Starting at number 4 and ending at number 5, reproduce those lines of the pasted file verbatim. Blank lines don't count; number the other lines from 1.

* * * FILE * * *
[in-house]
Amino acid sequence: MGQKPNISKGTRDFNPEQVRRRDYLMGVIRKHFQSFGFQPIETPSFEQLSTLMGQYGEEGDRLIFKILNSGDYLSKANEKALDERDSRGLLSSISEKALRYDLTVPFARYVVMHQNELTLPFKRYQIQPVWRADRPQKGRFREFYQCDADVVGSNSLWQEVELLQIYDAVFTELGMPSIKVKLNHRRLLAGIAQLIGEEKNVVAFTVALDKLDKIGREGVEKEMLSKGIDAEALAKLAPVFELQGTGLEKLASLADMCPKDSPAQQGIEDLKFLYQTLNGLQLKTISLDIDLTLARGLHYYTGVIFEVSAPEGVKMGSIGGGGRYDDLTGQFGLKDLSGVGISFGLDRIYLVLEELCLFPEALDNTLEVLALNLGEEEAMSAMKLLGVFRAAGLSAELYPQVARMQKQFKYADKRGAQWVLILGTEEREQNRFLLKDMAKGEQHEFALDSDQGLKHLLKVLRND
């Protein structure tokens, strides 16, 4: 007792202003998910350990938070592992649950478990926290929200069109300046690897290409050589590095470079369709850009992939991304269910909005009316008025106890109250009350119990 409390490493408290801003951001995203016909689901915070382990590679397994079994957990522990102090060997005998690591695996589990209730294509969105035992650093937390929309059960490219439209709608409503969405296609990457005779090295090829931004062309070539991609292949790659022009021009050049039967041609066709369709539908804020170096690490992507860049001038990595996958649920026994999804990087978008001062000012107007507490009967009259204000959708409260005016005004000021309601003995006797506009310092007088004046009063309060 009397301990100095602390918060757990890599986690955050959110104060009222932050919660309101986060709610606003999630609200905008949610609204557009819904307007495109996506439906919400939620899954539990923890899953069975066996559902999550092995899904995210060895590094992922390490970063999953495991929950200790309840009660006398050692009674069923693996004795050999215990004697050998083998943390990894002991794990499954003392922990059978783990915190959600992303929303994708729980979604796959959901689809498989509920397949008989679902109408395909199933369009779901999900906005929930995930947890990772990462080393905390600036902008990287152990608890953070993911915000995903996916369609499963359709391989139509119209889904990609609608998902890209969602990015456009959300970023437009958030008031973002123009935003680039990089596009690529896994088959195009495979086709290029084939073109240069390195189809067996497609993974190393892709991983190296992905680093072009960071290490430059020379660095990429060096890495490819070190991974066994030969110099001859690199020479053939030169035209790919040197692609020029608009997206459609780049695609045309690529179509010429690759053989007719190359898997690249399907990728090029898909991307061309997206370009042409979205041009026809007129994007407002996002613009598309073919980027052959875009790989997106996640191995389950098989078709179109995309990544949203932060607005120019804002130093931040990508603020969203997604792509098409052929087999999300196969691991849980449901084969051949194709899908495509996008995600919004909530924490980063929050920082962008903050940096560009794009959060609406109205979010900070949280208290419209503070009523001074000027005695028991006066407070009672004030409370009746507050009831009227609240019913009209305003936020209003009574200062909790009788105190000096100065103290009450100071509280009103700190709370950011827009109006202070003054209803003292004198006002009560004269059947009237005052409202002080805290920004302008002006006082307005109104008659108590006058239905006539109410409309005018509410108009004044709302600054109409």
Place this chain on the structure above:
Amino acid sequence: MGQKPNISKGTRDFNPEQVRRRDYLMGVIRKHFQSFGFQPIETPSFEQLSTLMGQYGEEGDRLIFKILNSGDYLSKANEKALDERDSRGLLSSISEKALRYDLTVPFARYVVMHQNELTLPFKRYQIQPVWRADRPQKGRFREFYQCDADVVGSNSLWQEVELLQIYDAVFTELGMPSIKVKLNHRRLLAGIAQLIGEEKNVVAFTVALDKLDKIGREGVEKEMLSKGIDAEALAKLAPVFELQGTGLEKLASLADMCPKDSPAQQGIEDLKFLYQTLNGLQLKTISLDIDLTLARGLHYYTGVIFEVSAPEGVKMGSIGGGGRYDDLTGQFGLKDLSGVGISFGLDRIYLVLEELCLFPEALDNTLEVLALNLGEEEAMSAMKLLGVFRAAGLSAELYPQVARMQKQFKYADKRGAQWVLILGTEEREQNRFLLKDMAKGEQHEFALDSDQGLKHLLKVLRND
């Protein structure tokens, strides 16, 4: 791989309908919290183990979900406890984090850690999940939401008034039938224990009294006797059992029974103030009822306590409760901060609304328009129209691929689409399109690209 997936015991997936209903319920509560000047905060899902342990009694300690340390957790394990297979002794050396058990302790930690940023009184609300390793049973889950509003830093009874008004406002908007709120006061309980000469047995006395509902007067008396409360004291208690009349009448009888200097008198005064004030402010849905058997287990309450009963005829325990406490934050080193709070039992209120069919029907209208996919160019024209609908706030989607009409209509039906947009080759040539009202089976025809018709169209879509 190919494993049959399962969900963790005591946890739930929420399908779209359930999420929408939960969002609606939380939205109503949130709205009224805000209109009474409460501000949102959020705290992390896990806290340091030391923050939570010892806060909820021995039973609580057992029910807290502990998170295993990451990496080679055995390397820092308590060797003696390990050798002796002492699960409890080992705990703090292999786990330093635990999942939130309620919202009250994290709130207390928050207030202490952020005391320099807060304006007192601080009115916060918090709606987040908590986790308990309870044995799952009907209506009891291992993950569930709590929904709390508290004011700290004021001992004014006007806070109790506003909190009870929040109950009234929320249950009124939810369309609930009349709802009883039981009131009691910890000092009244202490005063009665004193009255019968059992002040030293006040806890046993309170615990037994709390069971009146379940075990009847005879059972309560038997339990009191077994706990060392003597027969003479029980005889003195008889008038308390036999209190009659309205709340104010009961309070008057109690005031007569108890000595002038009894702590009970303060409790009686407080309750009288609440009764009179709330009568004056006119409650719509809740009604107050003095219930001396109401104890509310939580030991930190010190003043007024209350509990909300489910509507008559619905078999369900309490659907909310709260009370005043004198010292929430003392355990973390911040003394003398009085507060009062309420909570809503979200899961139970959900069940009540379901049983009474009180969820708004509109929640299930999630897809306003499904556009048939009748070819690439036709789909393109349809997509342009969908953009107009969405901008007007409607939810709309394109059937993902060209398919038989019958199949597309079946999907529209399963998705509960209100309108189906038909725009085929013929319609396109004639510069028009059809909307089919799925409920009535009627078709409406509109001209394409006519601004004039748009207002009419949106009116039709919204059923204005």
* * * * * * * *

Place this chain on the structure above:
Amino acid sequence: MGQKPNISKGTRDFNPEQVRRRDYLMGVIRKHFQSFGFQPIETPSFEQLSTLMGQYGEEGDRLIFKILNSGDYLSKANEKALDERDSRGLLSSISEKALRYDLTVPFARYVVMHQNELTLPFKRYQIQPVWRADRPQKGRFREFYQCDADVVGSNSLWQEVELLQIYDAVFTELGMPSIKVKLNHRRLLAGIAQLIGEEKNVVAFTVALDKLDKIGREGVEKEMLSKGIDAEALAKLAPVFELQGTGLEKLASLADMCPKDSPAQQGIEDLKFLYQTLNGLQLKTISLDIDLTLARGLHYYTGVIFEVSAPEGVKMGSIGGGGRYDDLTGQFGLKDLSGVGISFGLDRIYLVLEELCLFPEALDNTLEVLALNLGEEEAMSAMKLLGVFRAAGLSAELYPQVARMQKQFKYADKRGAQWVLILGTEEREQNRFLLKDMAKGEQHEFALDSDQGLKHLLKVLRND